Author Topic: SpaceX FH : Falcon Heavy Demo : early 2018 : Discussion  (Read 425753 times)

Offline dodo

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Re: SpaceX FH : Falcon Heavy Demo : early 2018 : Discussion
« Reply #240 on: 12/05/2017 06:08 PM »
Lifting the apoapse out of the inner solar system is a lot easier, and even that will take multiple fortuitous gravity encounters, most likely with earth.

I am trying to imagine, without much success, where periapsis and apoapsis would be, if (I believe) the Earth-Mars trip is only a short arc of a much longer heliocentric orbit.

Offline envy887

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Re: SpaceX FH : Falcon Heavy Demo : early 2018 : Discussion
« Reply #241 on: 12/05/2017 06:54 PM »
Lifting the apoapse out of the inner solar system is a lot easier, and even that will take multiple fortuitous gravity encounters, most likely with earth.

I am trying to imagine, without much success, where periapsis and apoapsis would be, if (I believe) the Earth-Mars trip is only a short arc of a much longer heliocentric orbit.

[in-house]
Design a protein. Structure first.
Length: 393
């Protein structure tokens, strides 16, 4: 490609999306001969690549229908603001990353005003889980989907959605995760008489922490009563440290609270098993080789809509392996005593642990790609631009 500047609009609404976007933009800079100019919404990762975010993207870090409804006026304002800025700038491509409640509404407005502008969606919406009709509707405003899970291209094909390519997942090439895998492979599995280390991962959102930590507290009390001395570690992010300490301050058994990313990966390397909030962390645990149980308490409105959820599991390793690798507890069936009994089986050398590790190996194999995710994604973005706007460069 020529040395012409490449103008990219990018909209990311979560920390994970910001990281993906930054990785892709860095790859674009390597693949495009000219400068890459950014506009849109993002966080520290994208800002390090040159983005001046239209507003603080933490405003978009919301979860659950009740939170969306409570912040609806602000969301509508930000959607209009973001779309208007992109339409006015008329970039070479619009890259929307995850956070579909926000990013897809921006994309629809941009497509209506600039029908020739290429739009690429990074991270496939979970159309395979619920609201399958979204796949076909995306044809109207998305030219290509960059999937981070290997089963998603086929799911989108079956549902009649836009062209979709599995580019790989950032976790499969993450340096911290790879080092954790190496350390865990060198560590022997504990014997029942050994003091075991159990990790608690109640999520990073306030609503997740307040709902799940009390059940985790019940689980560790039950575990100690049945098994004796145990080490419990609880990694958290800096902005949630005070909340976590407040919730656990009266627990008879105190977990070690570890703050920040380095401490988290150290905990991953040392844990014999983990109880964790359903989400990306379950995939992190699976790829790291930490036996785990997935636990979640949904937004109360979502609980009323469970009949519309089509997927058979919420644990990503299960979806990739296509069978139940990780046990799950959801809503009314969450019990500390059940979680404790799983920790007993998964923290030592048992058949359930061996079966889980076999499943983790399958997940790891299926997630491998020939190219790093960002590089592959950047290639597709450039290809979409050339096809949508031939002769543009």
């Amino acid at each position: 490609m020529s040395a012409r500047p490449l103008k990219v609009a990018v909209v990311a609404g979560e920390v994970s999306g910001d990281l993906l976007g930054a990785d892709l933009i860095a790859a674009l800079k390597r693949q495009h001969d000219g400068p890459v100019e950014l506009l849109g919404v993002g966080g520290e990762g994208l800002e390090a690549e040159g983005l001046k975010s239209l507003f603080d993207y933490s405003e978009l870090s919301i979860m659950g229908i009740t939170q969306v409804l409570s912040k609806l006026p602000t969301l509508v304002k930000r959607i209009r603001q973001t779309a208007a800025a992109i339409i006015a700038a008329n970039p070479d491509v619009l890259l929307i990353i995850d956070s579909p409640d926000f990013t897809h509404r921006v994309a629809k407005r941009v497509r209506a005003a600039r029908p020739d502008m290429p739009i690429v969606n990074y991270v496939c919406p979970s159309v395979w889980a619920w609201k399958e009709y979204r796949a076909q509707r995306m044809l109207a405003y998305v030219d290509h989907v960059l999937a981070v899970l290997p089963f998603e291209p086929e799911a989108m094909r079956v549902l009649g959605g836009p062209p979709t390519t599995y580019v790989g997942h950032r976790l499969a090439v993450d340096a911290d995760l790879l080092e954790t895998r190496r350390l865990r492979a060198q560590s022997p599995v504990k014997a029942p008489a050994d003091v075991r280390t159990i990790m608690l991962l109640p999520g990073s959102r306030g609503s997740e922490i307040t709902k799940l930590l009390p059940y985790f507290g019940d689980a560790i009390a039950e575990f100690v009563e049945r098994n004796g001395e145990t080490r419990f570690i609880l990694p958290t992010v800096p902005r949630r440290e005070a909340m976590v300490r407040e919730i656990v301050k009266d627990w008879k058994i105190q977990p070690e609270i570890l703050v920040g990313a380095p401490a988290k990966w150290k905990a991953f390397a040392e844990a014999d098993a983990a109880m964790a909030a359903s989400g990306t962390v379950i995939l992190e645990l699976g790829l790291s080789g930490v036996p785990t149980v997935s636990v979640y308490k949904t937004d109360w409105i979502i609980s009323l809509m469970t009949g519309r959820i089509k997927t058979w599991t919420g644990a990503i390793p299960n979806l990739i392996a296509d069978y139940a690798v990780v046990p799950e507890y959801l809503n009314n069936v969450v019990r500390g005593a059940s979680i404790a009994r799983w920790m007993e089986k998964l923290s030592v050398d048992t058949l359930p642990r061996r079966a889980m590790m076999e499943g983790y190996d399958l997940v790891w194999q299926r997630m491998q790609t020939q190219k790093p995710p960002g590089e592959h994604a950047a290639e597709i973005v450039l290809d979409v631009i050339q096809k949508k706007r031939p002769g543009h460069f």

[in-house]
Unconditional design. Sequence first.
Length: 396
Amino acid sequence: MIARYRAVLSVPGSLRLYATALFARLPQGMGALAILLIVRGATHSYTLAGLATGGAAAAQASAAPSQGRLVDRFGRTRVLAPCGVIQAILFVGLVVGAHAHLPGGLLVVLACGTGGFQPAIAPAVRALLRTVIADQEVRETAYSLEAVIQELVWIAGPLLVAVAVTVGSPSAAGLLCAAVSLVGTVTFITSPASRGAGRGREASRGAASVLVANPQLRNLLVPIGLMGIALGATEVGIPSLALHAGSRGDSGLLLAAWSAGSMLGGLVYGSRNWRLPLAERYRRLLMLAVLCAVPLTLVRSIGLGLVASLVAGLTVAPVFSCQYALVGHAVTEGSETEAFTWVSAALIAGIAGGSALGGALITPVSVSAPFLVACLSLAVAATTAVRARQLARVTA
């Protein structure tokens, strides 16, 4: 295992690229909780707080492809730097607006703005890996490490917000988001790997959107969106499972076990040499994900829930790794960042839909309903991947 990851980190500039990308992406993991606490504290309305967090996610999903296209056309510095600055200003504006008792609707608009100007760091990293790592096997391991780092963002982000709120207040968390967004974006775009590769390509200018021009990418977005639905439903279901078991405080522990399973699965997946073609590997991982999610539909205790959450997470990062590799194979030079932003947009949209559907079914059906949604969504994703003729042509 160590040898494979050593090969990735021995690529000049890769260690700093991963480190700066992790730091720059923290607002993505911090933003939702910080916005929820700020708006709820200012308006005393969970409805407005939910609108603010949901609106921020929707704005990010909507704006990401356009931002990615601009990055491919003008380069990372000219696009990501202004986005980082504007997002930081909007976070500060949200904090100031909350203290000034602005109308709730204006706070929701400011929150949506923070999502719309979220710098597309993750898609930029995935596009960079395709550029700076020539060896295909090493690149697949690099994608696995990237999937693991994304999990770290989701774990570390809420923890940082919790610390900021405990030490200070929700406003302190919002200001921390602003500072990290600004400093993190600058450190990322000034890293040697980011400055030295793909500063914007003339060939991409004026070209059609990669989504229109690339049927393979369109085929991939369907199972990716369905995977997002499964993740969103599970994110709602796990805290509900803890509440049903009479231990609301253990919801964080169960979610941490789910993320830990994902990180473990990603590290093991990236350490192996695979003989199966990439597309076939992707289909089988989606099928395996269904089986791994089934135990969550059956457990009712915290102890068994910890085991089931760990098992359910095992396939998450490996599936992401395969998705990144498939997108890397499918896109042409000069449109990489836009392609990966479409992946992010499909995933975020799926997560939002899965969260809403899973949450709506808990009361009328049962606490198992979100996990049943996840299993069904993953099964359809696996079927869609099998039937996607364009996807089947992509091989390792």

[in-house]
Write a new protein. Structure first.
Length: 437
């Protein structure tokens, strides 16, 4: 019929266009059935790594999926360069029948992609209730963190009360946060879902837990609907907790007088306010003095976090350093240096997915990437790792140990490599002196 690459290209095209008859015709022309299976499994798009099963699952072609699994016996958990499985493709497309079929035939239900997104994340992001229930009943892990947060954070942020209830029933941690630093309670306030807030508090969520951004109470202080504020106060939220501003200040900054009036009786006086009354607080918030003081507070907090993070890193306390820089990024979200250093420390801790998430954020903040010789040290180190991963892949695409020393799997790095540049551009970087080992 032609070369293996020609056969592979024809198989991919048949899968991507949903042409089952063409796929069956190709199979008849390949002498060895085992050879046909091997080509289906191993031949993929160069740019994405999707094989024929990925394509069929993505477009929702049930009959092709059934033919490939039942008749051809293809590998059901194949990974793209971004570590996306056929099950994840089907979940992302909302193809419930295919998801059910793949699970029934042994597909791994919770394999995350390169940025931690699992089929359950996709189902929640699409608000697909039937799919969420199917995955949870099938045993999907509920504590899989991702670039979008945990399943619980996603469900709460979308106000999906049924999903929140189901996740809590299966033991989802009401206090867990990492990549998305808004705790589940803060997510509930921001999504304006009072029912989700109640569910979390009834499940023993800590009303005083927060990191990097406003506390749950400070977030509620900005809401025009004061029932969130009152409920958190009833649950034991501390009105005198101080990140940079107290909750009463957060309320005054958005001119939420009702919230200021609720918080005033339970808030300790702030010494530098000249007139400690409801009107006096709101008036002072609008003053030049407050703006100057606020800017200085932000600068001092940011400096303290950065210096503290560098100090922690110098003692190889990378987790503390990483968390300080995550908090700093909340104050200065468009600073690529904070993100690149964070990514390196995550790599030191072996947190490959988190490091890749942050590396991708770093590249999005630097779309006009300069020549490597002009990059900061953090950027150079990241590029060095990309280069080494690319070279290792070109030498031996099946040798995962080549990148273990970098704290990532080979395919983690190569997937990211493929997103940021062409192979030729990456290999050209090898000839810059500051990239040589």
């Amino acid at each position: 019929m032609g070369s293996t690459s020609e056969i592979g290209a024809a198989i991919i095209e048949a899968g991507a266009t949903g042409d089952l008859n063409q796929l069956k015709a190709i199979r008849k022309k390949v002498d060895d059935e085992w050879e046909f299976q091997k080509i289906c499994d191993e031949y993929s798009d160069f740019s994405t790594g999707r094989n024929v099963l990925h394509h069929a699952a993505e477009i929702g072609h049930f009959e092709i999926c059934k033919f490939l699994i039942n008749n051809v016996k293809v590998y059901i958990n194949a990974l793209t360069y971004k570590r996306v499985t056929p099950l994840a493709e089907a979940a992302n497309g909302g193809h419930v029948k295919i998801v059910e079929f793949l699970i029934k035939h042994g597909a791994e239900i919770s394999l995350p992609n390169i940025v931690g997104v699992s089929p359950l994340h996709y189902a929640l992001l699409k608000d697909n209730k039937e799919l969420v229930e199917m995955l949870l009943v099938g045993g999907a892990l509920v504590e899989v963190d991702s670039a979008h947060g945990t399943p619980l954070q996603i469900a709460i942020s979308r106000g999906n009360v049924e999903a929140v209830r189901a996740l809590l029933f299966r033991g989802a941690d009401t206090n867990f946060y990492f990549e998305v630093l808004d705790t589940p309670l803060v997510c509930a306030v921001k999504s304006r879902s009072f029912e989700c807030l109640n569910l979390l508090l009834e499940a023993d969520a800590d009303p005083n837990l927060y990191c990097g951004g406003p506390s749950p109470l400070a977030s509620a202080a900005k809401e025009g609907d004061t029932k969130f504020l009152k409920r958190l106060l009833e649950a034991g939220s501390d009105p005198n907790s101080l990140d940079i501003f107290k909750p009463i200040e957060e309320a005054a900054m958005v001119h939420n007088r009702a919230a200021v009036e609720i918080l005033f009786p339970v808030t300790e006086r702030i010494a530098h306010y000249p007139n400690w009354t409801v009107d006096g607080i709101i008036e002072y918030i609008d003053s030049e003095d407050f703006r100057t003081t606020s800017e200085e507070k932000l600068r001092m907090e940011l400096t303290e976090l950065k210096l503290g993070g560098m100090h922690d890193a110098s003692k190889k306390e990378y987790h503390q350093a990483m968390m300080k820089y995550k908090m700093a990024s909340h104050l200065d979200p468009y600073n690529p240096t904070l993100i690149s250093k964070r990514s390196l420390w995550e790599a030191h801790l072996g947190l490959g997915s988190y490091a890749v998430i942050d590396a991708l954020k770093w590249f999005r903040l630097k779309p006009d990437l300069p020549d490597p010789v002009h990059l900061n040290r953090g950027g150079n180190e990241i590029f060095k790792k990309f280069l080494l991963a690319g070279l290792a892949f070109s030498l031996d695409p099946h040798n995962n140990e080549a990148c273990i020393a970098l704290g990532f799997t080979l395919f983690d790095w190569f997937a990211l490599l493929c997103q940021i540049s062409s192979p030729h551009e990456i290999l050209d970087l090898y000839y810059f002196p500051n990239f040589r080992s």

If the trajectory is a Hohmann transfer, the periapsis is at Earth's orbit, and apoapsis is at Mars' orbit.

Faster transfers raise the apoapsis, but periapsis always lies on Earth's orbit. This is true even if the transfer is inclined out of the ecliptic - gravity always take you back the same place, at least until the orbit is perturbed.

Offline Steve D

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Re: SpaceX FH : Falcon Heavy Demo : early 2018 : Discussion
« Reply #242 on: 12/05/2017 07:05 PM »
A guy from work was telling me the boosters would not be recovered on this flight. I thought they were. Has there been a change of plans due to the Mars orbit they want to go to?

Offline gongora

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Re: SpaceX FH : Falcon Heavy Demo : early 2018 : Discussion
« Reply #243 on: 12/05/2017 07:06 PM »
A guy from work was telling me the boosters would not be recovered on this flight. I thought they were. Has there been a change of plans due to the Mars orbit they want to go to?

An early version of an article mistakenly said that and was later changed.  I haven't seen any other information saying the boosters will be expended.

Online woods170

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Re: SpaceX FH : Falcon Heavy Demo : early 2018 : Discussion
« Reply #244 on: 12/05/2017 07:14 PM »
A guy from work was telling me the boosters would not be recovered on this flight. I thought they were. Has there been a change of plans due to the Mars orbit they want to go to?

An early version of an article mistakenly said that and was later changed.  I haven't seen any other information saying the boosters will be expended.